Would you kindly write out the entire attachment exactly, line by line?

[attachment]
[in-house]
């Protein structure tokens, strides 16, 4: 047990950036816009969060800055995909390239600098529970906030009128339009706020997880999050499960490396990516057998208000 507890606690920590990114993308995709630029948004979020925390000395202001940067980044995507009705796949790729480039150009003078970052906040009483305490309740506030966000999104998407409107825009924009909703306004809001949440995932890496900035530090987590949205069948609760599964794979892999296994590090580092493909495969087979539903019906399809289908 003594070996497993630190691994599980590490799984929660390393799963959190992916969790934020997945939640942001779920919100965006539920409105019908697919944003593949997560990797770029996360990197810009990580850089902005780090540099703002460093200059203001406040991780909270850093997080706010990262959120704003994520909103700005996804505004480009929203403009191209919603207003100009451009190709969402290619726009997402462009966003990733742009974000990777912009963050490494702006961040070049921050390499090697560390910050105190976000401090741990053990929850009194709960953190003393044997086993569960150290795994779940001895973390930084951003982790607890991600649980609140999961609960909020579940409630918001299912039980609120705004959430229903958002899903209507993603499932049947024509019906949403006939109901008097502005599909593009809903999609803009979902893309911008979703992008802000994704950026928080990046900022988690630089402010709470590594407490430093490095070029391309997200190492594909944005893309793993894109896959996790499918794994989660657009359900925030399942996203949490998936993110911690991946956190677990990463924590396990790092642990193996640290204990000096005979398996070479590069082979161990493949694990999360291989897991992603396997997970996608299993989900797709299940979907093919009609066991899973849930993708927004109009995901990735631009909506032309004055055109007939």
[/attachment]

[in-house]
């Protein structure tokens, strides 16, 4: 047990950036816009969060800055995909390239600098529970906030009128339009706020997880999050499960490396990516057998208000 507890606690920590990114993308995709630029948004979020925390000395202001940067980044995507009705796949790729480039150009003078970052906040009483305490309740506030966000999104998407409107825009924009909703306004809001949440995932890496900035530090987590949205069948609760599964794979892999296994590090580092493909495969087979539903019906399809289908 003594070996497993630190691994599980590490799984929660390393799963959190992916969790934020997945939640942001779920919100965006539920409105019908697919944003593949997560990797770029996360990197810009990580850089902005780090540099703002460093200059203001406040991780909270850093997080706010990262959120704003994520909103700005996804505004480009929203403009191209919603207003100009451009190709969402290619726009997402462009966003990733742009974000990777912009963050490494702006961040070049921050390499090697560390910050105190976000401090741990053990929850009194709960953190003393044997086993569960150290795994779940001895973390930084951003982790607890991600649980609140999961609960909020579940409630918001299912039980609120705004959430229903958002899903209507993603499932049947024509019906949403006939109901008097502005599909593009809903999609803009979902893309911008979703992008802000994704950026928080990046900022988690630089402010709470590594407490430093490095070029391309997200190492594909944005893309793993894109896959996790499918794994989660657009359900925030399942996203949490998936993110911690991946956190677990990463924590396990790092642990193996640290204990000096005979398996070479590069082979161990493949694990999360291989897991992603396997997970996608299993989900797709299940979907093919009609066991899973849930993708927004109009995901990735631009909506032309004055055109007939």